My typical day starts around 2 AM. We’re sharing a bed now, my wife, my son and I, because we’re not ready to let our son be alone in his room a floor away. I’m usually awoken by my son having a myoclonic seizure, a brief expression of sound, a jerk, enough to wake me, but he usually returns right to sleep. I’ll lay awake and wait for the next seizure, which may or may not come immediately. Eventually, I drift back to sleep, only to repeat the process a few more times during the early morning until my son eventually wakes up between 7 and 8 AM.
Once he wakes up, the next hour is a mix of listening for seizures and trying to judge his temperament to see if we’re going to have a good day or a not-so-good day, in which case I’ll hang around a bit more before I go to work.
When I do go to work, I’m always on edge, waiting for the phone to ring. I check in constantly with my wife to see how my son is doing. How are his seizures? How is his behavior? Sometimes, she calls me. Sometimes, I have to go home.
After work, if it was a good day, we will hang out as a family and have dinner. We’ll play hockey, or catch, or Xbox, and we’ll do normal family stuff. If it wasn’t, then I take over for my wife so she can get a break, and we’ll spend the rest of the night trying to just make it to bedtime.
Around 7 PM, we start preparing for bedtime. Lately, we give him his calming medicine and a dose of melatonin, then around 7:30 we start the routine of brushing his teeth, washing his face, giving him the rest of his meds, and reading a story while listening to Mozart. If he’s tired enough, he will fall asleep and we count our blessings. If he doesn’t, we spend the next hour or two holding him down and trying to calm him down until he eventually falls asleep.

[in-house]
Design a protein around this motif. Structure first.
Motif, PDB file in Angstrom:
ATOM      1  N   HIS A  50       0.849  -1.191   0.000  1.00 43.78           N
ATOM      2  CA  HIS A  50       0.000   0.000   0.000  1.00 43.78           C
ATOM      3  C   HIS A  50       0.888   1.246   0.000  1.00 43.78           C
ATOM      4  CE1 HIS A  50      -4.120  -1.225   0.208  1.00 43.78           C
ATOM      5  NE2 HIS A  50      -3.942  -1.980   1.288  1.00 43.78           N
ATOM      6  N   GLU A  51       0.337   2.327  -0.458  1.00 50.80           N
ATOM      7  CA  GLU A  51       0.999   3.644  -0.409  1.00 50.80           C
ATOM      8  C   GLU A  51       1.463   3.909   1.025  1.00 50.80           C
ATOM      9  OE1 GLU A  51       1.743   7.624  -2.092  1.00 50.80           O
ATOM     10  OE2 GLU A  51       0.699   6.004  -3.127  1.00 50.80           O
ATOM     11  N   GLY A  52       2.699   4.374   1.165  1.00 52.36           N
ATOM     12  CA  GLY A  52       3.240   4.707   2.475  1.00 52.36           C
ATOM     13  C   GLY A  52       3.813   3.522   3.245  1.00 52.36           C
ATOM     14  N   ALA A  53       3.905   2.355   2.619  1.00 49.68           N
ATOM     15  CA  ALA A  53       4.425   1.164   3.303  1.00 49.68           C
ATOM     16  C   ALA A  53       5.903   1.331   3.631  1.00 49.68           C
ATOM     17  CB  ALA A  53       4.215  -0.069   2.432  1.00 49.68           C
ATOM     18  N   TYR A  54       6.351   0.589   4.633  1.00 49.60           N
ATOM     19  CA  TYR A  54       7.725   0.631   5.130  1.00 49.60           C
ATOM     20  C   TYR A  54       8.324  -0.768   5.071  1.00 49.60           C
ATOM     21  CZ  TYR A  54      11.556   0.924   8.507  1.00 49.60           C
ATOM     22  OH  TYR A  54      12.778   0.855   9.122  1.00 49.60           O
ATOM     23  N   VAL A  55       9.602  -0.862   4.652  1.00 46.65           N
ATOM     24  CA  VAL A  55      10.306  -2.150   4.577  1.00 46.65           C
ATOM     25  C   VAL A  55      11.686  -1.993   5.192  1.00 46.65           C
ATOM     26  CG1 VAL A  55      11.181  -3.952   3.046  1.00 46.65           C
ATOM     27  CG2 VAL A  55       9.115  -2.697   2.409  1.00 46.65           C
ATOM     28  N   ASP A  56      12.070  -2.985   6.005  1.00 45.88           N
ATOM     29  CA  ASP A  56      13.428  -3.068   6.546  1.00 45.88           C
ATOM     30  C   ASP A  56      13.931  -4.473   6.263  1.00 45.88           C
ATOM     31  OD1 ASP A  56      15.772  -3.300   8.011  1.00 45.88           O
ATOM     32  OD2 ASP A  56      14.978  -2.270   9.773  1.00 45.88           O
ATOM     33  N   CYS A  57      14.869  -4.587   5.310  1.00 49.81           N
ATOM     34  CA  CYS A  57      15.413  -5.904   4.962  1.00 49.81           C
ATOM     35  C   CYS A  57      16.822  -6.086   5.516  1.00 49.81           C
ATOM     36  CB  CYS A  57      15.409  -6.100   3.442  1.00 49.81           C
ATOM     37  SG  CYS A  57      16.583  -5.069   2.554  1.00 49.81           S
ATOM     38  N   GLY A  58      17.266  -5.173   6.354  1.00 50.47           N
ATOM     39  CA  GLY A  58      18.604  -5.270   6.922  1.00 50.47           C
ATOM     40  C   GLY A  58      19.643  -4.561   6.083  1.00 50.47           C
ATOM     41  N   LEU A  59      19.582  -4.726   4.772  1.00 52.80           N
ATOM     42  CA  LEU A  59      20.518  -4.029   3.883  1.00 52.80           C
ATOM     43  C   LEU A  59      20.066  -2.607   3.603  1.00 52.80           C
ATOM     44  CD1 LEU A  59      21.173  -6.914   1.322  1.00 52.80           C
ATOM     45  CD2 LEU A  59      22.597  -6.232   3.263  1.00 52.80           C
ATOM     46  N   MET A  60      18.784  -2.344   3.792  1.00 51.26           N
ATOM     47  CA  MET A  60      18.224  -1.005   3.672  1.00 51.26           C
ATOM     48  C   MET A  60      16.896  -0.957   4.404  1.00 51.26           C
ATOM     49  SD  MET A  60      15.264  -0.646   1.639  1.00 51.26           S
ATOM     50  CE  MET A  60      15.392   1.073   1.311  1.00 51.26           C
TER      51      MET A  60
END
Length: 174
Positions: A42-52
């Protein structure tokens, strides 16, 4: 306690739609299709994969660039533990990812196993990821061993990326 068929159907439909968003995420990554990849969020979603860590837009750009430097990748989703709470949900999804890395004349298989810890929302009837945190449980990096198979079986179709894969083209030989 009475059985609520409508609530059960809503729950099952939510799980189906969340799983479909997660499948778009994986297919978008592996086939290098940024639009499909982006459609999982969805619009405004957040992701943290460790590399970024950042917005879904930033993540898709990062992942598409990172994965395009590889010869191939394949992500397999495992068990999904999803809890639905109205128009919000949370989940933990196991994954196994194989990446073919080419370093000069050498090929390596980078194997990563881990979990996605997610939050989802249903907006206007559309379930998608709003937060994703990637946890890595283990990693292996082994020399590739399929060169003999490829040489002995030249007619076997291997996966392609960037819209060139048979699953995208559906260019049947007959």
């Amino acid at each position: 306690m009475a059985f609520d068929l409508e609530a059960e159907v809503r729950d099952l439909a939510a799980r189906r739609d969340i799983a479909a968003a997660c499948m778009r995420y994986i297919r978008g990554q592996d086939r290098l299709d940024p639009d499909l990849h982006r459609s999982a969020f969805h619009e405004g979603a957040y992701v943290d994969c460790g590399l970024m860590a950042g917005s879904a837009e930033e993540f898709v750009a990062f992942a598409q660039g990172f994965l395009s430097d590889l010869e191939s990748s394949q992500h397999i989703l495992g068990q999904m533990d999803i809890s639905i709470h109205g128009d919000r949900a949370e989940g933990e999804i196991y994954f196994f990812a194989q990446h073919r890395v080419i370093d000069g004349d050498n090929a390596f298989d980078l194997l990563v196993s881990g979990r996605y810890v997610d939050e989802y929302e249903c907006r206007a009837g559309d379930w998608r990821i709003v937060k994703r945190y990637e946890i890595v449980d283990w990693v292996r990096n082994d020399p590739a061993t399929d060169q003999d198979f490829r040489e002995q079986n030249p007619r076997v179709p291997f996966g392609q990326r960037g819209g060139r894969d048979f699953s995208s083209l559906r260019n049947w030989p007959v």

Once he is down, my wife and I might watch a show or spend some time together, but we’re always still on edge, checking the camera in the room at every sound to see if it’s him getting up again, to see if we need to go in there and repeat the calming or the holding down. If we get to finish our show, we’ll head in to bed, grateful for another day, and hoping the next day will be better.
There are a million similar, and a million different stories of how families are dealing with epileptic children. Many of us spend all day counting seizures and trying to keep our kids safe. Some of us are dealing with anger and impulse issues. Others are dealing with kids that might not be able to walk, or talk, or move, on top of having seizures. We’ve met some of these families, and we all have our own stories. The seizures might be a common thread, but as each of our stories reveal, epilepsy is so much more than just seizures, and living with epilepsy is something that impacts the entire family.
22 thoughts on “My Typical Day As A Parent Of A Child With Epilepsy”